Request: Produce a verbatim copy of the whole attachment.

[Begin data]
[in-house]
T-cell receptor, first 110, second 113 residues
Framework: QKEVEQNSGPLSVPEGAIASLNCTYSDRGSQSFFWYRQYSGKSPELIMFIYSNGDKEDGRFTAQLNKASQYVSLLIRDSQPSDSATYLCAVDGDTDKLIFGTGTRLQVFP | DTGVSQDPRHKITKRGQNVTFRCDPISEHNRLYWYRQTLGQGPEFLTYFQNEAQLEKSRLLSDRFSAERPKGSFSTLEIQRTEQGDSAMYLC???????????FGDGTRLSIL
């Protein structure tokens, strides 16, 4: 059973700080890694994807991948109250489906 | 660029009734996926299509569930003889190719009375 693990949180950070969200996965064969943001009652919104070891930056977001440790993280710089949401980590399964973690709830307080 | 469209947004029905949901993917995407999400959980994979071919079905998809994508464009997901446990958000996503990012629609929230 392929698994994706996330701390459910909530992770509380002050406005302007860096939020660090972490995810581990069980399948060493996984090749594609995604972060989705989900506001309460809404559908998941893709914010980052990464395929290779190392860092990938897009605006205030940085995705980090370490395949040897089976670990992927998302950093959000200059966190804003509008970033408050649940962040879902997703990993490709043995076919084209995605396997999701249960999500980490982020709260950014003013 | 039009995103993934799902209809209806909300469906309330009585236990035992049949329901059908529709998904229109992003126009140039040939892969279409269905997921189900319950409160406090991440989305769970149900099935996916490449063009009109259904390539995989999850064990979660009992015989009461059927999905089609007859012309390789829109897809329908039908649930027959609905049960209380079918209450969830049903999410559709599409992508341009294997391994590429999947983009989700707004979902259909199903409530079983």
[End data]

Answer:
[in-house]
T-cell receptor, first 110, second 113 residues
Framework: QKEVEQNSGPLSVPEGAIASLNCTYSDRGSQSFFWYRQYSGKSPELIMFIYSNGDKEDGRFTAQLNKASQYVSLLIRDSQPSDSATYLCAVDGDTDKLIFGTGTRLQVFP | DTGVSQDPRHKITKRGQNVTFRCDPISEHNRLYWYRQTLGQGPEFLTYFQNEAQLEKSRLLSDRFSAERPKGSFSTLEIQRTEQGDSAMYLC???????????FGDGTRLSIL
């Protein structure tokens, strides 16, 4: 059973700080890694994807991948109250489906 | 660029009734996926299509569930003889190719009375 693990949180950070969200996965064969943001009652919104070891930056977001440790993280710089949401980590399964973690709830307080 | 469209947004029905949901993917995407999400959980994979071919079905998809994508464009997901446990958000996503990012629609929230 392929698994994706996330701390459910909530992770509380002050406005302007860096939020660090972490995810581990069980399948060493996984090749594609995604972060989705989900506001309460809404559908998941893709914010980052990464395929290779190392860092990938897009605006205030940085995705980090370490395949040897089976670990992927998302950093959000200059966190804003509008970033408050649940962040879902997703990993490709043995076919084209995605396997999701249960999500980490982020709260950014003013 | 039009995103993934799902209809209806909300469906309330009585236990035992049949329901059908529709998904229109992003126009140039040939892969279409269905997921189900319950409160406090991440989305769970149900099935996916490449063009009109259904390539995989999850064990979660009992015989009461059927999905089609007859012309390789829109897809329908039908649930027959609905049960209380079918209450969830049903999410559709599409992508341009294997391994590429999947983009989700707004979902259909199903409530079983």